October 2, 2023

Int J Emerg Med. 2023 Sep 4;16(1):54. doi: 10.1186/s12245-023-00530-z.


BACKGROUND: Traumatic brain injury causes morbidity, mortality, and at least 2,500,000 yearly emergency department visits in the USA. Computerized tomography of the head is the gold standard to detect traumatic intracranial hemorrhage. Some are not diagnosed at the first scan, and they are denoted “delayed intracranial hemorrhages. ” To detect these delayed hemorrhages, current guidelines for head trauma recommend observation and/or rescanning for patients on anticoagulation therapy but not for patients on antiplatelet therapy. The aim of this study was to investigate the prevalence and need for interventions of delayed intracranial hemorrhage after head trauma.

METHODS: The study was a retrospective review of medical records of adult patients with isolated head trauma presenting at Helsingborg General Hospital between January 1, 2020, and December 31, 2020. Univariate statistical analyses were performed.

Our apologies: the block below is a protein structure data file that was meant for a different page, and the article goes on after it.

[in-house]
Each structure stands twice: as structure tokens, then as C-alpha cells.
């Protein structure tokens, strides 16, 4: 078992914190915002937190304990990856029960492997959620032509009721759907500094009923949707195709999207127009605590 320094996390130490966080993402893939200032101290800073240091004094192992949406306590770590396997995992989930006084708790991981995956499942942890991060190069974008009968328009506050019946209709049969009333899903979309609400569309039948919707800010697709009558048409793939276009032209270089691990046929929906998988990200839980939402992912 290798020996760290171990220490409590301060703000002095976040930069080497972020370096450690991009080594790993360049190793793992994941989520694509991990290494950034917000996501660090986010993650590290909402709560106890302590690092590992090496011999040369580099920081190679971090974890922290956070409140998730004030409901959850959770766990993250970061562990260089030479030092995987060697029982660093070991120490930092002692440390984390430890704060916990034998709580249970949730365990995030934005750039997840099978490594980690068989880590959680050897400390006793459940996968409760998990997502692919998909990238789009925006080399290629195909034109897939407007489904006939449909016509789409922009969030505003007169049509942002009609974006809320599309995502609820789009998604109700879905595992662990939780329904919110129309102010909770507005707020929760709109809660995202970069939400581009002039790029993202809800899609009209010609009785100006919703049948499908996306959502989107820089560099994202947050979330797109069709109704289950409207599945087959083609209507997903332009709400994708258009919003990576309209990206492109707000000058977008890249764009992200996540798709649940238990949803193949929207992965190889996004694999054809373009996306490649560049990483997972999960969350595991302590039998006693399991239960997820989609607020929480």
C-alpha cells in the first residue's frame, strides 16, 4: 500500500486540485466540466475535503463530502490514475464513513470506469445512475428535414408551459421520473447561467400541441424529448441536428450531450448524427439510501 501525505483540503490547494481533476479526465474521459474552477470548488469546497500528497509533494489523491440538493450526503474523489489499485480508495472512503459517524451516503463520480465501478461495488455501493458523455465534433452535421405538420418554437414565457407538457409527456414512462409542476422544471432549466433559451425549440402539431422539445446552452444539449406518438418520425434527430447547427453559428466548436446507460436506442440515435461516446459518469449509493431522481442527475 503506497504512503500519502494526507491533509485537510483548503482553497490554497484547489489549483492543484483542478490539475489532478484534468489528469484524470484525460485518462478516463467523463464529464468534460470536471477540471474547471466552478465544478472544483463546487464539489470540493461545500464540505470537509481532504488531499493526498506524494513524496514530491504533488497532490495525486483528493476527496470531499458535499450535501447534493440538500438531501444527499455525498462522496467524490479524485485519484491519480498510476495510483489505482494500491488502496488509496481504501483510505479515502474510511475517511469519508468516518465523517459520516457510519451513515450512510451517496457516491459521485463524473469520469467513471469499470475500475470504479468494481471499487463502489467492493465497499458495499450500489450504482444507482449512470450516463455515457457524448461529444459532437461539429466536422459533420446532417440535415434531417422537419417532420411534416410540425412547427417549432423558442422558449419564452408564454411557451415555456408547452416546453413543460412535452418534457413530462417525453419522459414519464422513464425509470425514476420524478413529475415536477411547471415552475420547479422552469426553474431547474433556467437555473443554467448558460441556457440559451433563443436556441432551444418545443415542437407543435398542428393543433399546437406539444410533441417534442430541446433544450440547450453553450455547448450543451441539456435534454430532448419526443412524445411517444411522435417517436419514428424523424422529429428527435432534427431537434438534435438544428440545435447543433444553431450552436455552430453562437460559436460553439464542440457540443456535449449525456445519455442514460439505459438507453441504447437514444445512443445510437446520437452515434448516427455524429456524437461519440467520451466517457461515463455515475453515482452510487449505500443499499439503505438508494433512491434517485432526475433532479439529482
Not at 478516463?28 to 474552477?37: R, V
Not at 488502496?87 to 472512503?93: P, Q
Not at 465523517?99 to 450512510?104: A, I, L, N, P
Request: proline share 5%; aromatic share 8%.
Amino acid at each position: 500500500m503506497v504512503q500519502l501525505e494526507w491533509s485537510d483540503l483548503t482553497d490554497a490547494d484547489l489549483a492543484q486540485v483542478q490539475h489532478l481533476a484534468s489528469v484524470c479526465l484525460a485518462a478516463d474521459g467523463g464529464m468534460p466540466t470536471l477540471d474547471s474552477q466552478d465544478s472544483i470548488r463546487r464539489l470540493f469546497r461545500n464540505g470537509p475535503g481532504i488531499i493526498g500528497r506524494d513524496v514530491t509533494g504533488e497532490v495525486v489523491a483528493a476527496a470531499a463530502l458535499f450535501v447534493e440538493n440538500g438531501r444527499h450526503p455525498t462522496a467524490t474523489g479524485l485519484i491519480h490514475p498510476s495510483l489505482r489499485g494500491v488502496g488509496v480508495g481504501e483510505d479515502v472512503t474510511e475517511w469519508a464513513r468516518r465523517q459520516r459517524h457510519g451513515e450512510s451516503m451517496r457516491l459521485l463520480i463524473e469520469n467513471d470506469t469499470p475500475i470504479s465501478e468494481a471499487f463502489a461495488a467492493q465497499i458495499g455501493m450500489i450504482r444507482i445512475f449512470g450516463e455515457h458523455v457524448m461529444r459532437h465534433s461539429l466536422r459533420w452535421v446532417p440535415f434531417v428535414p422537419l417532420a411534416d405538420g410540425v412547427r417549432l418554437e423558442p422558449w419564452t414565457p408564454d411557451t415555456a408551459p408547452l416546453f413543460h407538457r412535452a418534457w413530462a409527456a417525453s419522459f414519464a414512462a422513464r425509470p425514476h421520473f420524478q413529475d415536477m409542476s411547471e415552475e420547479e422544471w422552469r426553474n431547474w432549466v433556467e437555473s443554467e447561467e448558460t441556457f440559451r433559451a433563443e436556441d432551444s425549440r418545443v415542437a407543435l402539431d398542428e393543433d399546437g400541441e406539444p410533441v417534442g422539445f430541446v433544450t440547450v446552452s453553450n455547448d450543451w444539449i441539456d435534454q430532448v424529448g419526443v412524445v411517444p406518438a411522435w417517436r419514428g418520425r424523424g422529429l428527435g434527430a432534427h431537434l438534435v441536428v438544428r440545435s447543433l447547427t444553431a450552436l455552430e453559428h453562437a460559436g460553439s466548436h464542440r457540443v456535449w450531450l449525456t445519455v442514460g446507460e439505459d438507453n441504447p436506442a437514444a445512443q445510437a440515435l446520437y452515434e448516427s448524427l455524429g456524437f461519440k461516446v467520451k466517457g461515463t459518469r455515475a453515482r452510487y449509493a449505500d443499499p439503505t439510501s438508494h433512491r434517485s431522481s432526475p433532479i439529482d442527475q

RESULTS: In total, 1627 patients were included and four (0.25%, 95% confidence interval 0.06-0.60%) patients had delayed intracranial hemorrhage. One of these patients was diagnosed within 24 h and three within 2-30 days. The patient was diagnosed within 24 h, and one of the patients diagnosed within 2-30 days was on antiplatelet therapy. None of these four patients was prescribed anticoagulation therapy, and no intensive care, no neurosurgical operations, or deaths were recorded.

CONCLUSION: Traumatic delayed intracranial hemorrhage is rare and consequences mild and antiplatelet and anticoagulation therapy might confer similar risk. Because serious complications appear rare, observing, and/or rescanning all patients with either of these medications can be debated. Risk stratification of these patients might have the potential to identify the patients at risk while safely reducing observation times and rescanning.

PMID:37667208 | DOI:10.1186/s12245-023-00530-z